A U.S. congressman has introduced a bill that would require securities regulators to study the impact of banning trading-fee rebates that are paid under the “maker-taker” fee model used by most major trading venues.

The proposed legislation, which was introduced by Massachusetts congressman Stephen Lynch, would require the U.S. Securities and Exchange Commission (SEC) to carry out a pilot program to assess the impact of eliminating the maker-taker pricing model that exchanges use to attract liquidity.

The proposed bill would require the SEC to prohibit the payment of rebates in 50 of the most heavily traded U.S. stocks for six months. It would also require all venues where those stocks are traded to implement a rebate-free pricing structure. The data from this study would then be used to help determine whether broader maker-taker reform is warranted.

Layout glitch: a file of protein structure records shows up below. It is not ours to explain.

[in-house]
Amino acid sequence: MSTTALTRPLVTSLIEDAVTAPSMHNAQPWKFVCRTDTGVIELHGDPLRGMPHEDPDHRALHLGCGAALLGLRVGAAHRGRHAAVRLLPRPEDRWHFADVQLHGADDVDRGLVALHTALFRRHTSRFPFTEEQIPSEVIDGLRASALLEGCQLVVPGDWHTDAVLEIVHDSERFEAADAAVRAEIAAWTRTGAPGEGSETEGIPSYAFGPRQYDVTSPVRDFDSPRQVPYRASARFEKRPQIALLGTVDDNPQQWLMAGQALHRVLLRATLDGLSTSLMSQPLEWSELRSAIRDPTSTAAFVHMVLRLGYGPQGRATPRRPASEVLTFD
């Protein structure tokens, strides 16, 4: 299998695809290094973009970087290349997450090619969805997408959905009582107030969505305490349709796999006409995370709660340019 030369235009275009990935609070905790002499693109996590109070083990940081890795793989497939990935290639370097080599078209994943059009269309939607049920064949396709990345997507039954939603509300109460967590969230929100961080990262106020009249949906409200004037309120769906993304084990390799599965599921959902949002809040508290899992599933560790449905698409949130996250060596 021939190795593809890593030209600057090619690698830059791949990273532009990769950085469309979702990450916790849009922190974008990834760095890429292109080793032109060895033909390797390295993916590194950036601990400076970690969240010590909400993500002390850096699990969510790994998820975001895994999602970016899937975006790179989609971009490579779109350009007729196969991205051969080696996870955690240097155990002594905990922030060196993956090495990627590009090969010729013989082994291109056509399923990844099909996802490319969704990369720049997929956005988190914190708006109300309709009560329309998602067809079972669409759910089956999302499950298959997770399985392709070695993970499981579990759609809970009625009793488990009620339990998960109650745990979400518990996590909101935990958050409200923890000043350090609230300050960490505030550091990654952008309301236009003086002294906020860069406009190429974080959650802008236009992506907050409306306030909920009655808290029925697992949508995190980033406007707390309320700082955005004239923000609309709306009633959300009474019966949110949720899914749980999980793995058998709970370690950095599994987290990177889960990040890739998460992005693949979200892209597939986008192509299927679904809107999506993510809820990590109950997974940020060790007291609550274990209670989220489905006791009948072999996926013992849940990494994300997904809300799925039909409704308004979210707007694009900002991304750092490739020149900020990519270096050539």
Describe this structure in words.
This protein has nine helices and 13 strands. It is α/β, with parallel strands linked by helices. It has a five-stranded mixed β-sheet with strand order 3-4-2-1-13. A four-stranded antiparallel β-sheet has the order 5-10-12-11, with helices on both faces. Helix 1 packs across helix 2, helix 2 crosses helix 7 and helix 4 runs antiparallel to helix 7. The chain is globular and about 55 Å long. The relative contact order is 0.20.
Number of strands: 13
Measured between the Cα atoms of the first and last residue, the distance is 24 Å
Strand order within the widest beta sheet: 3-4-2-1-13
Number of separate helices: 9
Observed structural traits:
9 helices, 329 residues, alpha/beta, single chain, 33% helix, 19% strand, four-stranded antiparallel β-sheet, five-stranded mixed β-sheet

These kinds of pricing models have been an increasing source of concern for both regulators and market players in recent years. There are concerns that the model distorts order routing decisions, hampers market transparency and benefits high-frequency traders at the expense of retail investors.

Last year, the Canadian Securities Administrators announced that it is planning to undertake a pilot study prohibiting the payment of rebates by marketplaces under the maker-taker fee model.

“Reforming the maker-taker system ought to be a high priority for the SEC,” Lynch said. “Under [the proposed bill], the pilot study would provide crucial insight into the adverse effect of maker-taker pricing on our market structure. I believe that the dynamics introduced by this model are inconsistent with the SEC’s goals of transparency, efficiency, liquidity and fairness, and that maker-taker creates a dangerous conflict of interest for stock brokers.”